As previously discussed, the flapping behaviour of a rotor blade is governed principally by the balance between the aerodynamic lift and the centrifugal force moments about the flapping hinge. These are both dependent on the square of the rotor speed and so, under atmospherically still conditions, the balance is preserved at any rotor speed. However, when operating in high wind conditions, such as on a ship, the balance can be upset. During any helicopter sortie, the rotor must be spun up to speed from rest (engagement) and slowed to a halt (disengagement). At the low-speed ends of these sequences the centrifugal moment is of a small magnitude but the aerodynamic moment can be enhanced by the adverse wind conditions and the blade can experience excessive flapping angles. This is known as blade sailing or, because of its potential to inflict damage to the upper tail boom, tunnel strike.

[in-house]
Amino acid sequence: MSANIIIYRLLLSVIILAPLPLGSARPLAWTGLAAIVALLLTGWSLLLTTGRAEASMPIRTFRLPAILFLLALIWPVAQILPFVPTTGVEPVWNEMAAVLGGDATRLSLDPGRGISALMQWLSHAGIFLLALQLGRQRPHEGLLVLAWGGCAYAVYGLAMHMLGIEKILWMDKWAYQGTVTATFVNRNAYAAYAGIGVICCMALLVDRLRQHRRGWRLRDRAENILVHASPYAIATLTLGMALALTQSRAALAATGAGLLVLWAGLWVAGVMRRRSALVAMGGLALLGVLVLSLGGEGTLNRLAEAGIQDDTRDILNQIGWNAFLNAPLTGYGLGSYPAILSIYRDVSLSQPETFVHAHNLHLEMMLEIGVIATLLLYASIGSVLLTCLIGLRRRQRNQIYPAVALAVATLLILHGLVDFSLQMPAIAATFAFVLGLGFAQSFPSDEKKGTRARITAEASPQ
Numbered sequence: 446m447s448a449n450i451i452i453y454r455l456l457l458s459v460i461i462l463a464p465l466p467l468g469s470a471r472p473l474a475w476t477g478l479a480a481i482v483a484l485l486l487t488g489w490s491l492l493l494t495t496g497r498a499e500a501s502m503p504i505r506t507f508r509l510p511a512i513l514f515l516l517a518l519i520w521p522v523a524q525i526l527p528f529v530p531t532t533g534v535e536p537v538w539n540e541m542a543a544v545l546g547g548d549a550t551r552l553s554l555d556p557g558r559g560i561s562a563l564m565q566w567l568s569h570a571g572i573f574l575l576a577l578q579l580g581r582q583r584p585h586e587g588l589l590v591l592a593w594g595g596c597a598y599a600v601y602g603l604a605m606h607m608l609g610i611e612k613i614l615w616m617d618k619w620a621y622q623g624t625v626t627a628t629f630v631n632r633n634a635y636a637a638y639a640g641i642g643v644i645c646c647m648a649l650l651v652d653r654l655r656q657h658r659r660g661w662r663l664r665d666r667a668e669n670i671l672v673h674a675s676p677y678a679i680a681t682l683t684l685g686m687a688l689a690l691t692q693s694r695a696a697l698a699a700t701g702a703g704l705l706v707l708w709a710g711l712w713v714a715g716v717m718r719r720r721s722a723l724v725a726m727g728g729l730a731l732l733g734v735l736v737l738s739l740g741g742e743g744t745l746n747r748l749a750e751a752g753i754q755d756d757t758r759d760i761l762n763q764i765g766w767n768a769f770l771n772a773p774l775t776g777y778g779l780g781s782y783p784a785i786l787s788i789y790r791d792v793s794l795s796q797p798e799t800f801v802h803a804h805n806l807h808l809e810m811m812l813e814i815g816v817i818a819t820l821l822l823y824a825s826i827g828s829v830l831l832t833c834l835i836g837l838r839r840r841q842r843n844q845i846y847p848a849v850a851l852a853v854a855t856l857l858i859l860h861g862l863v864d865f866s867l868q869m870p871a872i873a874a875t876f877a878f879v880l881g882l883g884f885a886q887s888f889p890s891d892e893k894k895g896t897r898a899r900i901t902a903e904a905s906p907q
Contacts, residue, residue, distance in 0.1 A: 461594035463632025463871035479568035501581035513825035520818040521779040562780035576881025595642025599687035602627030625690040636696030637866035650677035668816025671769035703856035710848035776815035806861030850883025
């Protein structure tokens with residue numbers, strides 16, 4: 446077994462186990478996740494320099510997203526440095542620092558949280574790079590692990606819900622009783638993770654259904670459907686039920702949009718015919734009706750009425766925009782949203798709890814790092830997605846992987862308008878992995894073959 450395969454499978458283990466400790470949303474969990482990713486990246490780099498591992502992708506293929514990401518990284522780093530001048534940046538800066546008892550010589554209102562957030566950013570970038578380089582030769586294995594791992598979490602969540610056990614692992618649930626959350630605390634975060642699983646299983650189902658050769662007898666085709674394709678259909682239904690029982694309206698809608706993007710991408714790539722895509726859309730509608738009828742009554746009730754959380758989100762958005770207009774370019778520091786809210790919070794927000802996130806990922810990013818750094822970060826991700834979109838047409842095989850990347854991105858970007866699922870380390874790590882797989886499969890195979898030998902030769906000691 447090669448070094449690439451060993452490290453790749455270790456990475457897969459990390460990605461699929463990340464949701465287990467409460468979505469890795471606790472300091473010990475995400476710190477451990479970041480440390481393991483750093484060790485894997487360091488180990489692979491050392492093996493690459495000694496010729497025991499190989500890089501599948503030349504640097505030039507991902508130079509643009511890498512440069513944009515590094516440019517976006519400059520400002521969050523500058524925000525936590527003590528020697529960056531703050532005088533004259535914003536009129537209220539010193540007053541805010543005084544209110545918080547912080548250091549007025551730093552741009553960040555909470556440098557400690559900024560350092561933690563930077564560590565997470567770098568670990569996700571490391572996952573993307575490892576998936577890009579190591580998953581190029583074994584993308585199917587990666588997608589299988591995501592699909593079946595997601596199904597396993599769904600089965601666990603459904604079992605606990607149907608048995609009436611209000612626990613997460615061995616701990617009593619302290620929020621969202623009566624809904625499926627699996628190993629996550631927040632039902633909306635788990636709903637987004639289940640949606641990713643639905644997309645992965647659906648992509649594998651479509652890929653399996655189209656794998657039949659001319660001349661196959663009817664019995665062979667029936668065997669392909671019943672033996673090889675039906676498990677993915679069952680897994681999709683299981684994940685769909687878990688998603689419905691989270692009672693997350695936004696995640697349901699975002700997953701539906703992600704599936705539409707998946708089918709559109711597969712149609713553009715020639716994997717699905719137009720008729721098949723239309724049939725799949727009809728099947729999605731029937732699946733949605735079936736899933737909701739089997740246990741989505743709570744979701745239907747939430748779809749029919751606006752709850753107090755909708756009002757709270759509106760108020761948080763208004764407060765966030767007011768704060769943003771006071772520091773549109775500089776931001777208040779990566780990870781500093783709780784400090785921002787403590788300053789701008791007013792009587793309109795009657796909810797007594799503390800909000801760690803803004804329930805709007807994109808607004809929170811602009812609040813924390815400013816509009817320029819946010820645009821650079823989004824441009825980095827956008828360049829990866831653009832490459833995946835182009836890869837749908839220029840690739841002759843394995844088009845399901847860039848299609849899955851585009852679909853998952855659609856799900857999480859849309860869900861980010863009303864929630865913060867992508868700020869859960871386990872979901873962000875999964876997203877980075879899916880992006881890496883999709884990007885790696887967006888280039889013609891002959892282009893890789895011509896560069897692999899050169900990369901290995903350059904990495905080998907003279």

4.1.1 Lagging Motion
As already described, the helicopter rotor must attain a trimmed condition in forward flight. The disparity between the advancing and retreating sides of the disc is handled by the inclusion of flapping hinges on the rotor hub. Flapping motion introduces a phenomenon associated with a rotating system – that is, the rotor hub. This is the Coriolis acceleration.